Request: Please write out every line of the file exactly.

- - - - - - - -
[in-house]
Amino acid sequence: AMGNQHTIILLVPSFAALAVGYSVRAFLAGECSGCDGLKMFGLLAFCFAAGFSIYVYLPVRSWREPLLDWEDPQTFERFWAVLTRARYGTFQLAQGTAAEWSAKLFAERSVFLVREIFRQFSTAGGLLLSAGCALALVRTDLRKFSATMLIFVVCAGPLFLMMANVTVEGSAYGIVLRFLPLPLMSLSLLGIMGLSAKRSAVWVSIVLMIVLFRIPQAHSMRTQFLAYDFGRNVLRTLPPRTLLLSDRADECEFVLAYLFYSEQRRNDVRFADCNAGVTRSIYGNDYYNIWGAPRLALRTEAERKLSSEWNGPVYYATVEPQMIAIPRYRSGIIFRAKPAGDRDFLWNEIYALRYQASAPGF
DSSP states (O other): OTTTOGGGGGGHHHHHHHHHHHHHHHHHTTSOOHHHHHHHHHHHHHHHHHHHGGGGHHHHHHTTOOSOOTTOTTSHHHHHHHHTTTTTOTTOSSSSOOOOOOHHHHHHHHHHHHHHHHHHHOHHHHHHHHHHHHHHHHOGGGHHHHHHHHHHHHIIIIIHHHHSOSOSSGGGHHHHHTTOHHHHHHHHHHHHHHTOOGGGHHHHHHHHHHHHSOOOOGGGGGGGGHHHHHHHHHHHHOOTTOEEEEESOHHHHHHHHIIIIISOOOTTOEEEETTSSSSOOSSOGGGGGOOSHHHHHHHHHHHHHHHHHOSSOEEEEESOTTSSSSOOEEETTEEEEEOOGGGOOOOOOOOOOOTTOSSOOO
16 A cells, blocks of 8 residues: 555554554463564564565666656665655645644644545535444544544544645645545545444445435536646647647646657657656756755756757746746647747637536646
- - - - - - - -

[in-house]
Amino acid sequence: AMGNQHTIILLVPSFAALAVGYSVRAFLAGECSGCDGLKMFGLLAFCFAAGFSIYVYLPVRSWREPLLDWEDPQTFERFWAVLTRARYGTFQLAQGTAAEWSAKLFAERSVFLVREIFRQFSTAGGLLLSAGCALALVRTDLRKFSATMLIFVVCAGPLFLMMANVTVEGSAYGIVLRFLPLPLMSLSLLGIMGLSAKRSAVWVSIVLMIVLFRIPQAHSMRTQFLAYDFGRNVLRTLPPRTLLLSDRADECEFVLAYLFYSEQRRNDVRFADCNAGVTRSIYGNDYYNIWGAPRLALRTEAERKLSSEWNGPVYYATVEPQMIAIPRYRSGIIFRAKPAGDRDFLWNEIYALRYQASAPGF
DSSP states (O other): OTTTOGGGGGGHHHHHHHHHHHHHHHHHTTSOOHHHHHHHHHHHHHHHHHHHGGGGHHHHHHTTOOSOOTTOTTSHHHHHHHHTTTTTOTTOSSSSOOOOOOHHHHHHHHHHHHHHHHHHHOHHHHHHHHHHHHHHHHOGGGHHHHHHHHHHHHIIIIIHHHHSOSOSSGGGHHHHHTTOHHHHHHHHHHHHHHTOOGGGHHHHHHHHHHHHSOOOOGGGGGGGGHHHHHHHHHHHHOOTTOEEEEESOHHHHHHHHIIIIISOOOTTOEEEETTSSSSOOSSOGGGGGOOSHHHHHHHHHHHHHHHHHOSSOEEEEESOTTSSSSOOEEETTEEEEEOOGGGOOOOOOOOOOOTTOSSOOO
16 A cells, blocks of 8 residues: 555554554463564564565666656665655645644644545535444544544544645645545545444445435536646647647646657657656756755756757746746647747637536646